There are some differences between today’s Taliban and yesterday’s. The group is much more technologically savvy, using social media, smartphones and WhatsApp to spread its message and orchestrate surrenders. And two decades of fighting American forces, being imprisoned by them and negotiating with American diplomats also have given the Taliban a deeper understanding of Western weaknesses.
But the West must not mistake tactical flexibility for real change.
Their idea of Islamic purity, rather than good governance, has always been the Taliban’s priority.
They just defeated what they view as a corrupt and depraved America. Why would they choose this moment to embrace American values?
But the Taliban aren’t ruling the same Afghanistan, either. Flawed though it was, the 20-year American occupation led to a whole generation of Afghans experiencing a measure of freedom and modernity. It is a societal transformation the Taliban will struggle to reverse.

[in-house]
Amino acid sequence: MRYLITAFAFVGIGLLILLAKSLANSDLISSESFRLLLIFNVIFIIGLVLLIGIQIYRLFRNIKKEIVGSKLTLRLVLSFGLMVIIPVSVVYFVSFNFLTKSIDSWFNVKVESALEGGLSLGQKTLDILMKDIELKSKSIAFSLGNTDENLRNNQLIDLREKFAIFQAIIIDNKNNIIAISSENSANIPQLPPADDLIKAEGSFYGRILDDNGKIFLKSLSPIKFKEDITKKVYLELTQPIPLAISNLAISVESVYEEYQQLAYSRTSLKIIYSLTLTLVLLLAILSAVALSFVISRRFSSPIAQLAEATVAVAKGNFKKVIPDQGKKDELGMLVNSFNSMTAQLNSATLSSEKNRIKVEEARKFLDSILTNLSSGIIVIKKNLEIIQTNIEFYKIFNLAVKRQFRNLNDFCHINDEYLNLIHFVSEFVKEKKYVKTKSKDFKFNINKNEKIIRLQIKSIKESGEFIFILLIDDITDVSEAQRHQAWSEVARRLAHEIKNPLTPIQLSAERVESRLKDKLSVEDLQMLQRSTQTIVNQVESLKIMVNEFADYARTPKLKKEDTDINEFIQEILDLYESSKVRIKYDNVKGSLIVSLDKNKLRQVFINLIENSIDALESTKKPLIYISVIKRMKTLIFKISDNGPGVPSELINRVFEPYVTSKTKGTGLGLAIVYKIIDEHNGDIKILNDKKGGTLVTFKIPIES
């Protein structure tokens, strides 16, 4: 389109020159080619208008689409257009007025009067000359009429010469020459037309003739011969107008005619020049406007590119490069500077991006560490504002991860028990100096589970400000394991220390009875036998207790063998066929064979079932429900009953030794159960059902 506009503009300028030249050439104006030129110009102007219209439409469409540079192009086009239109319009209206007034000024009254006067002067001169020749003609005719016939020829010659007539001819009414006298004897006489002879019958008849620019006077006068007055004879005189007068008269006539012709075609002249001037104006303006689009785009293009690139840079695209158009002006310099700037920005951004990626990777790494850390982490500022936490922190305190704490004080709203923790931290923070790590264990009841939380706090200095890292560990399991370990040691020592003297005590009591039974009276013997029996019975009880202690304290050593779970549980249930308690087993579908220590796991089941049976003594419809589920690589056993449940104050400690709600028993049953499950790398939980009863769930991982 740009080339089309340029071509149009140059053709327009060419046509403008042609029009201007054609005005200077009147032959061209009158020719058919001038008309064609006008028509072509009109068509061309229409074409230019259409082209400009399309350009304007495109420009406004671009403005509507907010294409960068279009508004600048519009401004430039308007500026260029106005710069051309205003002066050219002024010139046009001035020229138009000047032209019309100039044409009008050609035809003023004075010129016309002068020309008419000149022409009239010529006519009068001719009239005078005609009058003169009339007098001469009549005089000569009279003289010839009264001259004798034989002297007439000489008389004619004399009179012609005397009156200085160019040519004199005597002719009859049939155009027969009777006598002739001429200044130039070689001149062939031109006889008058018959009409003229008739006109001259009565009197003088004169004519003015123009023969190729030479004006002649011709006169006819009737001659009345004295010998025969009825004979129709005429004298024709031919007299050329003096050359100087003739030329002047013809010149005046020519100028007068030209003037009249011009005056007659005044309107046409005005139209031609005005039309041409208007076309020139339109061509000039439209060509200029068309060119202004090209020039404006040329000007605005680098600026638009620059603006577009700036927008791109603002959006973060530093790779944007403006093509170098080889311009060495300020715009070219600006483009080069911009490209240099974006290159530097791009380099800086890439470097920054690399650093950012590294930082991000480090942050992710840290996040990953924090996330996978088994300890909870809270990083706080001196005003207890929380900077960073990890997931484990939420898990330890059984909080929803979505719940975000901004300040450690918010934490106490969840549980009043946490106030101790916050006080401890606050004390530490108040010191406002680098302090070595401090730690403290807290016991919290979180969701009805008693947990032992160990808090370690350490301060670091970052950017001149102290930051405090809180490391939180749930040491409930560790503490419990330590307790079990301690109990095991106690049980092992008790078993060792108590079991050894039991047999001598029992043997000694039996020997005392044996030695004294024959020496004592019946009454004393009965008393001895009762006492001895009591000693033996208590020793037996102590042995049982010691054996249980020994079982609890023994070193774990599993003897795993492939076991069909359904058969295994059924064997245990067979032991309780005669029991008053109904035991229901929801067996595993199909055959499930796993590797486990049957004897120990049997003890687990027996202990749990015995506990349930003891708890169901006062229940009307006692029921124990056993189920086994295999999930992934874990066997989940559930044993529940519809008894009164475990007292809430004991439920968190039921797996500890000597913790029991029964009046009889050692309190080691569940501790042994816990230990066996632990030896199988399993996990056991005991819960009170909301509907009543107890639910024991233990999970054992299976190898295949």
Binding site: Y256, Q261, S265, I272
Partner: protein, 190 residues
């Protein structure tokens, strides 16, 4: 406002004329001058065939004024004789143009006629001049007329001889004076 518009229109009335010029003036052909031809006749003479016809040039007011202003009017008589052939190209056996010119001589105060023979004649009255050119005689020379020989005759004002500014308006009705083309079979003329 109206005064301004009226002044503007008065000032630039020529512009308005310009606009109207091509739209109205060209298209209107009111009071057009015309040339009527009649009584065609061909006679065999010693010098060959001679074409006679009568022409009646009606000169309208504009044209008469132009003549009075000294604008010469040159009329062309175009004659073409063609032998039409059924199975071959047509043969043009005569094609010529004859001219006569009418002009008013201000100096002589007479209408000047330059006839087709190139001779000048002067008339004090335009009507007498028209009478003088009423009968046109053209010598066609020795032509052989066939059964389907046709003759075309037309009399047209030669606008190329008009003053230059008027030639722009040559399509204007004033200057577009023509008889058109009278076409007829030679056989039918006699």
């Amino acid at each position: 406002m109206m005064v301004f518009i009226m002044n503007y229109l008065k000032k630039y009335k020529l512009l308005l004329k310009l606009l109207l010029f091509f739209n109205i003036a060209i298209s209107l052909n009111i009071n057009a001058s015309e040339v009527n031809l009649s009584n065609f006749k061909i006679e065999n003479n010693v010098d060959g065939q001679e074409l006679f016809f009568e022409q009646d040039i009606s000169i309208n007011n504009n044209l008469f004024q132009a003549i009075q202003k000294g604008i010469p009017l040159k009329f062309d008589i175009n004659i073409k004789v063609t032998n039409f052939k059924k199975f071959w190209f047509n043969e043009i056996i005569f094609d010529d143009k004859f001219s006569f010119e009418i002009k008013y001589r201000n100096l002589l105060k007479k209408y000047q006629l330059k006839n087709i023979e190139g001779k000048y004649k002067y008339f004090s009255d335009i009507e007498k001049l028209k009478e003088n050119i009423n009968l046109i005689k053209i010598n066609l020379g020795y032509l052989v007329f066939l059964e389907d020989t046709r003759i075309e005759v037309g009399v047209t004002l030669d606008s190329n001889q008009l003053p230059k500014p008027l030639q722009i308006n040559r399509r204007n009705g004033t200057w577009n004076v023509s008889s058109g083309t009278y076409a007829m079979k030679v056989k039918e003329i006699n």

Without even majority support among Pashtuns — who make up some 42 percent of Afghans — the Taliban need to control a population of almost 40 million, which has nearly doubled since 2001 and in which Tajiks, Hazaras and Uzbeks predominate.
An Afghan opposition to the Taliban should be supported by the West. Economic sanctions should be applied against the Taliban regime and carefully calibrated military action taken against terrorist groups inside Afghanistan.
Back in 2001, Mullah Fazl promised a C.I.A. officer at Qala Jangi that Qaeda fighters under his command would surrender. “If this is fake, it will lead to your destruction,” the officer warned him.
Mullah Fazl was lying, but, against all odds, he survived. The return to power two decades later of the mullah and so many other notorious figures is an ominous sign for what’s to come.
Toby Harnden (@tobyharnden) is a former foreign correspondent with extensive experience in Afghanistan and the author of “First Casualty: The Untold Story of the CIA Mission to Avenge 9/11.”